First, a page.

Friday, June 11, 2021

Tribeca with Abe: Poser

I’ve had the pleasure this year of screening a number of selections virtually from this year’s Tribeca Film Festival, which runs June 9th-20th.

Directed by Ori Segev and Noah Dixon
US Narrative Competition – Screening Information

Everyone wants to be famous, even if they don’t understand exactly what that means and what the implications of being widely recognized and in the public eye may be. People idolize celebrities and give them special treatment, assuming that their high-profile nature makes them better than their average, anonymous counterparts. The inverse also tends to be true, that those who haven’t amassed a substantial following or, in whatever way, proven themselves, aren’t in the same league or worthy of attention. Perception is everything, and relationships and opportunities can change drastically based on what people think, whether or not it has any basis in fact.

Lennon (Sylvie Mix) lives in Columbus, Ohio, and is eager to become a part of the indie music scene. In order to gain access to the most interesting talents and minds, she creates a podcast that allows her to record samples from many people in the area. As she speaks to and hears from a number of subjects, she begins to adopt a larger-than-life persona that she can’t quite back up, one she only seeks to bolster when she meets and becomes entranced by Bobbi Kitten (Bobbi Kitten), an alluring free spirit who pushes Lennon to discover more about herself.

This film features a number of captivating moments in which the audience is able to understand and emulate Lennon’s sense of wonder, acting as a fly on the wall and observing the way in which those who are successful and have worked hard have managed to find their voices and their musical inspirations. A series of conversations and recording sessions feed information to Lennon that she begins to absorb and, as the film’s title suggests, act as if she has considerably more influence and a much more sizable following than is actually the case.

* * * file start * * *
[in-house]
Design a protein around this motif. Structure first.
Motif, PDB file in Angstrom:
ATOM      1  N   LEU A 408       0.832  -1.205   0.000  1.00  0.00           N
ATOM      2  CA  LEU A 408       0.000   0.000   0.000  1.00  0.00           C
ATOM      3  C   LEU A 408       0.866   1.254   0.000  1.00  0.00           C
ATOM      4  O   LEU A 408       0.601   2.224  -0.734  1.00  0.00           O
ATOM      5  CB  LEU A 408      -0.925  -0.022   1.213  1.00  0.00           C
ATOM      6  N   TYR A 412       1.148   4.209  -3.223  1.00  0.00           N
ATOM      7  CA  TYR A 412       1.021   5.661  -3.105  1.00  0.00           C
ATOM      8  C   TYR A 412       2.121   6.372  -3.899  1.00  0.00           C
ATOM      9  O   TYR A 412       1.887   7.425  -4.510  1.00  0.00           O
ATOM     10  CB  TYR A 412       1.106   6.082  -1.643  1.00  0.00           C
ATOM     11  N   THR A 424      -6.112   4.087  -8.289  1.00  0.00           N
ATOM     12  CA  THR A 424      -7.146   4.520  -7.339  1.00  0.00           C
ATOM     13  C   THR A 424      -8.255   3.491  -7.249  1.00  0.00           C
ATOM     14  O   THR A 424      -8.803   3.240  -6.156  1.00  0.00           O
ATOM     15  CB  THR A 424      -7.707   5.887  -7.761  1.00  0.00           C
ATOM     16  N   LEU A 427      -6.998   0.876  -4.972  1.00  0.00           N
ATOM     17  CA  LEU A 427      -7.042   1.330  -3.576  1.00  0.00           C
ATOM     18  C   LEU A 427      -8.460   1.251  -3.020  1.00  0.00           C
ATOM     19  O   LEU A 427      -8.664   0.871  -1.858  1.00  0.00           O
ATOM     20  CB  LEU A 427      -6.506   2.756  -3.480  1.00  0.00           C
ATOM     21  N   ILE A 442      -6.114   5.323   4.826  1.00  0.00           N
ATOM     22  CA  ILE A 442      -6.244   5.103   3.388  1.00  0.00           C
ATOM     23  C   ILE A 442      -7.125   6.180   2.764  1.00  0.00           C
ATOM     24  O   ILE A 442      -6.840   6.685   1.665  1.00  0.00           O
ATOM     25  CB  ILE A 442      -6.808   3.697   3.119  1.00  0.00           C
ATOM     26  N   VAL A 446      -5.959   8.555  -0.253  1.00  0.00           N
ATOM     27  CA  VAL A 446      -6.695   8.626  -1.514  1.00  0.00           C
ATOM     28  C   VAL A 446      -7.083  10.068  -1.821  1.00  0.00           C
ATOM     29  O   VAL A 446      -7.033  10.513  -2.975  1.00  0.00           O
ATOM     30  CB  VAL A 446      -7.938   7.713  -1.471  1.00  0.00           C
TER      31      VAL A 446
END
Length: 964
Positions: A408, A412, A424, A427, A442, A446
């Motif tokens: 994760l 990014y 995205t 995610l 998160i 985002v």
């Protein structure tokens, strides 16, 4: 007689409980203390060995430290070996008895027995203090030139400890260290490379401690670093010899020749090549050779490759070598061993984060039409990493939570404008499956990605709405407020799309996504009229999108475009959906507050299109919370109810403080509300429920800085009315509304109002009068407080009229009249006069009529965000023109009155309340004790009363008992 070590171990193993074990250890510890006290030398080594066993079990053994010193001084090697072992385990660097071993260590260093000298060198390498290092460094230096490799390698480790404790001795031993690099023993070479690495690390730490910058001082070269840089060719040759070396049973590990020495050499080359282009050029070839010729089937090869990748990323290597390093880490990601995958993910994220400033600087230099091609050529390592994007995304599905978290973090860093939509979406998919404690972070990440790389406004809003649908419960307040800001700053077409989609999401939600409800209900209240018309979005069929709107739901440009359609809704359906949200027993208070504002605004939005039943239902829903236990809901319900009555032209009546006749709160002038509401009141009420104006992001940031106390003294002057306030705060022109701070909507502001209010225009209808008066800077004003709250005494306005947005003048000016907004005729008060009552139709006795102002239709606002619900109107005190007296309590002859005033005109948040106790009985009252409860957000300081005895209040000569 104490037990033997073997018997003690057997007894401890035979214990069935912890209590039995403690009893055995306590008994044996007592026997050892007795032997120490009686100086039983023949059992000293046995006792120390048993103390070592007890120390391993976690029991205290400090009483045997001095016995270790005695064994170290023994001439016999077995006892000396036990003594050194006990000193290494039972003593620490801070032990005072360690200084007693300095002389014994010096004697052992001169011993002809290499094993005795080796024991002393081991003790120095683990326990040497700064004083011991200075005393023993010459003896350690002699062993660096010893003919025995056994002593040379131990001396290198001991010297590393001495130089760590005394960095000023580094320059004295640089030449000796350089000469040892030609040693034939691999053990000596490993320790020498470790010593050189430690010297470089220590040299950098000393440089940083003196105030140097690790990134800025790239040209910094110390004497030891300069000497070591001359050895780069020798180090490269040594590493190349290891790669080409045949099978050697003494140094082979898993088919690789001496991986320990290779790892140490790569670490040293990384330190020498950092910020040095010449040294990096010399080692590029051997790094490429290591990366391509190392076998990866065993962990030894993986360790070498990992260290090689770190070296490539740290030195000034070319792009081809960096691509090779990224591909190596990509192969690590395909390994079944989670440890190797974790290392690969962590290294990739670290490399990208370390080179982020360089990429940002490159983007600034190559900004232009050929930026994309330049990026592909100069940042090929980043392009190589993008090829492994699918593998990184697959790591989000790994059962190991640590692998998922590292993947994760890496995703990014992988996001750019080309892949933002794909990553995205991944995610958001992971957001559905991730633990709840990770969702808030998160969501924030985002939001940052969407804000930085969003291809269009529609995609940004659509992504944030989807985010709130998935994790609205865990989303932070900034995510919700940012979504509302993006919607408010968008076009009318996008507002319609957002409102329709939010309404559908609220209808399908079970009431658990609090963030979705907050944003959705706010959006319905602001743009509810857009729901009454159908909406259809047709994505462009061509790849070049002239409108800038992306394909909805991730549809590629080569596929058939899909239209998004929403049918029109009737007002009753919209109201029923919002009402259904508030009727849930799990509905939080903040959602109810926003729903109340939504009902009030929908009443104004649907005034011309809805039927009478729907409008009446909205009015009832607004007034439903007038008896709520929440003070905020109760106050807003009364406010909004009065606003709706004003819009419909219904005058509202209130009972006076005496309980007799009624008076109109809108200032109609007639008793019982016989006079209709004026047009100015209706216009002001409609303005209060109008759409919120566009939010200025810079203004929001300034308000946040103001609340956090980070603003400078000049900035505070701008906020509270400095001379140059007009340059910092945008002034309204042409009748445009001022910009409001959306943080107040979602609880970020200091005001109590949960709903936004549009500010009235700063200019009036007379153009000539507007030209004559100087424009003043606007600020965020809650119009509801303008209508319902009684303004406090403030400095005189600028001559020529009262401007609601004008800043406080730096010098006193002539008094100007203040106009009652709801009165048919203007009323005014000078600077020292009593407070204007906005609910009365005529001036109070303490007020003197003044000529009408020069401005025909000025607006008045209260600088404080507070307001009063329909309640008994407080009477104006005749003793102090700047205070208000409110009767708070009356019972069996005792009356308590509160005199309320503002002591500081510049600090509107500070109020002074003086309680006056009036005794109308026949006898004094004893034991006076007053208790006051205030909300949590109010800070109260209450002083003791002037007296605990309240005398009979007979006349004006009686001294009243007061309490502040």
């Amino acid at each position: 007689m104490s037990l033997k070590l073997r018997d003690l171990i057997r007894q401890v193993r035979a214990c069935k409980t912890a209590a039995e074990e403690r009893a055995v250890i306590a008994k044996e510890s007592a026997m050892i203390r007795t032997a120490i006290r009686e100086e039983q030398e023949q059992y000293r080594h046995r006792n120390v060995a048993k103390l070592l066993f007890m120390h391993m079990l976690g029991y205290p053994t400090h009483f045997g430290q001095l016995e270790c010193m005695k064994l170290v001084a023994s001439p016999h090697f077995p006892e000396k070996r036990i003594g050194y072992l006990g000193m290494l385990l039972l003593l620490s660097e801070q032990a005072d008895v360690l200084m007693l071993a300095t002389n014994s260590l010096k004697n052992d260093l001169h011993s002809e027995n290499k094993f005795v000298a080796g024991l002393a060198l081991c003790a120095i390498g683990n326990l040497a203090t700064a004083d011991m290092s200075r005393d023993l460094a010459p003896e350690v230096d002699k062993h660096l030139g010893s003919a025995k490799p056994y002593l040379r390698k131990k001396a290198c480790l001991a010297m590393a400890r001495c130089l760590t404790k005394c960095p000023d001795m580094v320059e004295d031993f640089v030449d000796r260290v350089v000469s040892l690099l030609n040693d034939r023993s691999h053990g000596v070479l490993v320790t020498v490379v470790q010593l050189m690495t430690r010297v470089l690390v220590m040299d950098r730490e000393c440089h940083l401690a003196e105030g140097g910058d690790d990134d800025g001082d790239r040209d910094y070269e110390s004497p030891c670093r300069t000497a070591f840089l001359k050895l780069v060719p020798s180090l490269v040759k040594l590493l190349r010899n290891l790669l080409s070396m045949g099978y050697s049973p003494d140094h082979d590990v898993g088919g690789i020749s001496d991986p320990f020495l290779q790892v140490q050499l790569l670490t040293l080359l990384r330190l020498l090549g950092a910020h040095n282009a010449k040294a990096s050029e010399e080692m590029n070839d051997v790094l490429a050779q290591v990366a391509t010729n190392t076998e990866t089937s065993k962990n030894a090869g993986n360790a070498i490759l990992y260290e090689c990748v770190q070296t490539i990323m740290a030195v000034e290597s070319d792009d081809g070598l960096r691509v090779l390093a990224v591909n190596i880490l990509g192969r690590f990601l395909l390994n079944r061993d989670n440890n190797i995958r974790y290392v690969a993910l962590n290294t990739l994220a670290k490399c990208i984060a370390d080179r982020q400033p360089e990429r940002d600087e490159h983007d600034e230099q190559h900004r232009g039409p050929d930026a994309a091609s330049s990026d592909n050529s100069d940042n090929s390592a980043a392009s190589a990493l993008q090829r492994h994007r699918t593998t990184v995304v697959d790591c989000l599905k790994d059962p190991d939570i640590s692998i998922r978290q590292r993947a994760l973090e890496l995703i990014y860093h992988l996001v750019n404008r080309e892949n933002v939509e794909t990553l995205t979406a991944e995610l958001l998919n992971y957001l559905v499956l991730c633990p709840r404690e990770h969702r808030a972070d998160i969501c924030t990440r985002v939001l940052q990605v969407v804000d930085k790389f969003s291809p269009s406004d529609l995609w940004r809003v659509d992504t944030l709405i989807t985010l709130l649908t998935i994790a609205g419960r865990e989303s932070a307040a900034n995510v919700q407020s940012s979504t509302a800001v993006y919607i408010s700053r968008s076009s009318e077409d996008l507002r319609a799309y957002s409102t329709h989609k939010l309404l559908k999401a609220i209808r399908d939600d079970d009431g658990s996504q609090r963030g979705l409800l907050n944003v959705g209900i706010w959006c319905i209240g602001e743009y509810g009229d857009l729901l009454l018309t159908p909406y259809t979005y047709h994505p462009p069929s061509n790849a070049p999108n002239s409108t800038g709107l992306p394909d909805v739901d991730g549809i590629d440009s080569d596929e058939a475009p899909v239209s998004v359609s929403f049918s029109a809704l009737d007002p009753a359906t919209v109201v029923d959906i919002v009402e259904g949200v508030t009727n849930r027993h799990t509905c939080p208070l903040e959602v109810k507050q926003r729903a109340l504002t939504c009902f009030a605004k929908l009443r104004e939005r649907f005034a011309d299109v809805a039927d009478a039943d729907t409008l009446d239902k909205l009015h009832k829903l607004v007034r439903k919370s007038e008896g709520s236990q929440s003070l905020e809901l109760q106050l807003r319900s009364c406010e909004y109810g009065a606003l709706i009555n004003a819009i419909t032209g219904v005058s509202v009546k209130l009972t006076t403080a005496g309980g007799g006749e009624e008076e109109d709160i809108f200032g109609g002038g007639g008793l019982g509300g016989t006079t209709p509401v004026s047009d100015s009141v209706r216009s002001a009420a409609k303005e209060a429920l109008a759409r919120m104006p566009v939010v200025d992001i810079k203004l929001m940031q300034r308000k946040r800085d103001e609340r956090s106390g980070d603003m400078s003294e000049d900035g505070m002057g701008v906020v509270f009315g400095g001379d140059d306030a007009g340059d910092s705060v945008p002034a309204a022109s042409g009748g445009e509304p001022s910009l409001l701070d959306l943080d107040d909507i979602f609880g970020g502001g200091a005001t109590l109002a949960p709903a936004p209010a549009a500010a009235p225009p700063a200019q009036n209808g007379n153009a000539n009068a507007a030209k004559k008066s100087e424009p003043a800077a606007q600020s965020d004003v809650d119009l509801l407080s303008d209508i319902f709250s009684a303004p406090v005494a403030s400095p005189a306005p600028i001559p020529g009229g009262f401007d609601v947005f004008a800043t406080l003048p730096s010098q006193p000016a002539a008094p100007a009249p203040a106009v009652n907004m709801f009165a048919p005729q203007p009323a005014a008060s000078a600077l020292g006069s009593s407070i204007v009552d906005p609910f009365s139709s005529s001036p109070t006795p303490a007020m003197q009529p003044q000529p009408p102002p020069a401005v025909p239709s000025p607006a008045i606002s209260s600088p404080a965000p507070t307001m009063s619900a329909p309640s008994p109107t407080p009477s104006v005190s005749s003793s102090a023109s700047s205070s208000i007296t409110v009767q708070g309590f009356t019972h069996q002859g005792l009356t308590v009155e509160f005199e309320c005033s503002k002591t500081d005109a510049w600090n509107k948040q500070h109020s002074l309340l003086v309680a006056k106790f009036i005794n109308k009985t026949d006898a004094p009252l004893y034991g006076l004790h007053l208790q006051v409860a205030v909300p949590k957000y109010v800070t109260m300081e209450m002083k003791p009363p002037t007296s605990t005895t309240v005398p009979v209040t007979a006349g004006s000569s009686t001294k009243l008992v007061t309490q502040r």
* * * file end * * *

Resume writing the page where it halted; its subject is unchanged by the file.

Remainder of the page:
There is a fantastic subtlety to Mix’s breakthrough performance. In her feature film debut, Mix presents Lennon as a sponge, merely taking in everything around her and soaking it in without offering a true sense of who she is. It makes it difficult to hold her completely accountable for what she does and fascinating to watch. Kitten, the frontwoman of the musical duo Damn the Witch Siren, plays an intoxicating version of herself, fully aware of the effect that she has on the impressionable Lennon. This film’s intriguing journey doesn’t possess as formidable a denouement, but accompanying Lennon along the way is still worthwhile and compelling.


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